I'm not on the WHS team, I just post a lot. :)
    Thursday, January 15, 2009 10:11 PM
    Moderator
  • Ken Warren said:

    Kahuna, while I understand your annoyance, what you are complaining about (the progressive disabling of the server after the end of the evaluation period) is pretty plainly laid out in the EULA you agreed to when you installed the evaluation software. That it's a "hard" time bomb is a result of the popularity of Microsoft software. If it were possible to convert an evaluation version to a full licensed version, then there would be nothing to stop people from obtaining a product key (possibly through a key generator, or getting a key directly off the Internet) and converting illegally, something I suspect would be more the rule than the exception.


    Also, I know perfectly well that people often don't read these license agreements, but that is a dangerous practice. When you agree to that license unread, you may be agreeing to terms that you would find unacceptable if you knew about them. You can be held to those terms (in court) even if you agreed without reading the license.

    I'm not on the WHS team, I just post a lot. :)



    Why would Microsoft be more worried about pirated version of WHS over versions of Vista or even the new Windows 7.  You can install both of those without a key, use them for a month before having to activate them.  Also, as the date grows near you are reminded multiple times that you need to activate the software to continue to use it.

    I'm still waiting for my official version to arrive so I can get my system back in order.  I do not look forward to the reinstall process and what might have been lost do to the fact that I can no longer access the system at all right now.

    No matter what you all say may be contained in the EULA, for some reason Microsoft felt the need to disallow easy activation of this product, unlike their most recent versions of Vista and Windows 7.  As a developer myself, I would find it appalling to require a user to totally reinstall (or repair) an installation of my software in order to simply activate the product.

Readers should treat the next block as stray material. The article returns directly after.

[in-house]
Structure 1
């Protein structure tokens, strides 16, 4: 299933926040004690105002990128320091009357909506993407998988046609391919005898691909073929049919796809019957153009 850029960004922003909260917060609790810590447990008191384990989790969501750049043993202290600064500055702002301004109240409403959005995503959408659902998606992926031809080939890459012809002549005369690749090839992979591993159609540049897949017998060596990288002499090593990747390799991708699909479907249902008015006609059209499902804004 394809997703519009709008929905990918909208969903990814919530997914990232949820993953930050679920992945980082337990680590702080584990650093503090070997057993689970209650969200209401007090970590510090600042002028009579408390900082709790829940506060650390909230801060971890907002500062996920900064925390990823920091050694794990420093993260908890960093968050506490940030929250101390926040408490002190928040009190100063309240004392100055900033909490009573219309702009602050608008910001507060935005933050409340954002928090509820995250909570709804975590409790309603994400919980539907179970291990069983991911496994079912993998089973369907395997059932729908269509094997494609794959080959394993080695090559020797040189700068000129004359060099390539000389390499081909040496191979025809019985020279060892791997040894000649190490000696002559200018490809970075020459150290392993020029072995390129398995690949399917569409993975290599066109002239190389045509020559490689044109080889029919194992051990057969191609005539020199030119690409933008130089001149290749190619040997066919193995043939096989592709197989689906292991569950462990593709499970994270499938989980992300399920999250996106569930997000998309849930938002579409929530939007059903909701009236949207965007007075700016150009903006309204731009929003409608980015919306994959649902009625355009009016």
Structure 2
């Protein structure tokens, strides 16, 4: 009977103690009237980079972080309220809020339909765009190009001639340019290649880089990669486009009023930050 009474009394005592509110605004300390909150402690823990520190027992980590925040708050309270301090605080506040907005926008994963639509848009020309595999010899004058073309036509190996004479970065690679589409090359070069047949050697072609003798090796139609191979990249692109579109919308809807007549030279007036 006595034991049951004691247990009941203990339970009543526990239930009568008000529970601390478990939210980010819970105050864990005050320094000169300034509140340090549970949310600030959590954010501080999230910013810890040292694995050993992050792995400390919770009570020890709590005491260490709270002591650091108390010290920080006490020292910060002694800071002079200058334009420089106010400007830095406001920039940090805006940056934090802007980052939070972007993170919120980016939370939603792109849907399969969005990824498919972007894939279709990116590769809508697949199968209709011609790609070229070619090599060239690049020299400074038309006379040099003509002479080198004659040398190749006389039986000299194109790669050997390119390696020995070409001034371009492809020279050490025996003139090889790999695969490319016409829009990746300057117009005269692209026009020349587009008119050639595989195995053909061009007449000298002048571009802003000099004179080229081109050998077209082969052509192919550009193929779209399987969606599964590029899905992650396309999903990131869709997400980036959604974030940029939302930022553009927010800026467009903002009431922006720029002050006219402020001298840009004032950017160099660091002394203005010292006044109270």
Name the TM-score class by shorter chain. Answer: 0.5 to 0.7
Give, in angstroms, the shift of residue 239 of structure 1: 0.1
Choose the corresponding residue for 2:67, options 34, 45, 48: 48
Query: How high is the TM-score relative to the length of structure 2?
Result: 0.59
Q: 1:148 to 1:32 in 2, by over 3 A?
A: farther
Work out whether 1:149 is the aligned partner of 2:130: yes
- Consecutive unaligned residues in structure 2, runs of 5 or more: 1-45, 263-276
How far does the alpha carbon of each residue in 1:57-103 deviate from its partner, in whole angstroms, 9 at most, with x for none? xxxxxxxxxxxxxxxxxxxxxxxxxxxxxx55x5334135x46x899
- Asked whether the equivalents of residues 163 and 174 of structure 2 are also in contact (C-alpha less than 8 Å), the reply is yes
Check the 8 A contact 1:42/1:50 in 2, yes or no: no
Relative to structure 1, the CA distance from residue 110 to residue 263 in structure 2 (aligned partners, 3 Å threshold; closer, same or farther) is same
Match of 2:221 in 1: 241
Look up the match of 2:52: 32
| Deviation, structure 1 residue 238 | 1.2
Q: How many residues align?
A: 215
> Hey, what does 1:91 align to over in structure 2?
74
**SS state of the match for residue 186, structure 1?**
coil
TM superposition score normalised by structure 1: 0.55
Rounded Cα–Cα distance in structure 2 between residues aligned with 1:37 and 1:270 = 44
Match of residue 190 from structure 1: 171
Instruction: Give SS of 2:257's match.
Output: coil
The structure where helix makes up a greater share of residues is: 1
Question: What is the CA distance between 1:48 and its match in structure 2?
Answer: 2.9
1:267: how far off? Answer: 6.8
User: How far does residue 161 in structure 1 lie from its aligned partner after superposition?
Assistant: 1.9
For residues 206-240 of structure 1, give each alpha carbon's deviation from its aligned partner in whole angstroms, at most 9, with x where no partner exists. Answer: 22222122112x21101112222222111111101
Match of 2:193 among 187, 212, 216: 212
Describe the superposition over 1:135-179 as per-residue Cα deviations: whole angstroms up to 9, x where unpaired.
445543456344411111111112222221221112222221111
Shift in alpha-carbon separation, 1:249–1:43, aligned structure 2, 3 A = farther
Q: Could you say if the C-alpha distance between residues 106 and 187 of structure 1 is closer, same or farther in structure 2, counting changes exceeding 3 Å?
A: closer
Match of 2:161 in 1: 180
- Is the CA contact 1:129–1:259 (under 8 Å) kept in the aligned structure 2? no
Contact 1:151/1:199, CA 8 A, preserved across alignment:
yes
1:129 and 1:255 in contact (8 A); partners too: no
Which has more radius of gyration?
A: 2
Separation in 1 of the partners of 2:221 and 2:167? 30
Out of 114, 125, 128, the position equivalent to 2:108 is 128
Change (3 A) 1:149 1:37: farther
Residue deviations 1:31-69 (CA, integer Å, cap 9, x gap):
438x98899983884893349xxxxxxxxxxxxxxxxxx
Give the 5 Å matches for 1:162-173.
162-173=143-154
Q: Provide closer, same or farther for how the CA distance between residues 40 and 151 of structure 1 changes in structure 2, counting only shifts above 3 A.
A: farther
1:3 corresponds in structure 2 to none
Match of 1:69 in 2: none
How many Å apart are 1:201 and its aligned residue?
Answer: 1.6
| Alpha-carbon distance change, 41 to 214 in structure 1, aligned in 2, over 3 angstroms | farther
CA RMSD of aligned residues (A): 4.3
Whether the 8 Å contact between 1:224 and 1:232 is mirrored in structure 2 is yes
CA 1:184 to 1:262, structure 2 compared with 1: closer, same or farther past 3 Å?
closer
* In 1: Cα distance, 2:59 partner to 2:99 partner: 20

Friday, January 16, 2009 6:19 PM
  • You can also install WHS and use it for a month without activation (if you install the software on your own hardware). And you will be prompted multiple times to activate. The end of the evaluation period is not the same as the end of the activation grace period, and the time bomb at the end of the evaluation period is not related to activation.
    I'm not on the WHS team, I just post a lot. :)
    Friday, January 16, 2009 7:02 PM
    Moderator
  • Well, I reinstalled the software with my newly purchased OEM version.  For some reason, I had to manually configure my router this time although it should have been using the same ports that were setup the first time. After installing over my old version and seeing that it worked, I decided to try reinstalling to a new larger system drive to see if everything would still be there.

    Well, everything went great and I now have a new freshly installed system.  I never lost any information, even though some of the data were not replicated.

    Despite the horrible lockout and loss of db data with the 120 eval version, I do like the way this program interacts with our family's computers and laptops.  I love the fact that all my music and videos can be accessed via our Xbox360 which showed up automatically the first time.

    Friday, January 23, 2009 7:54 PM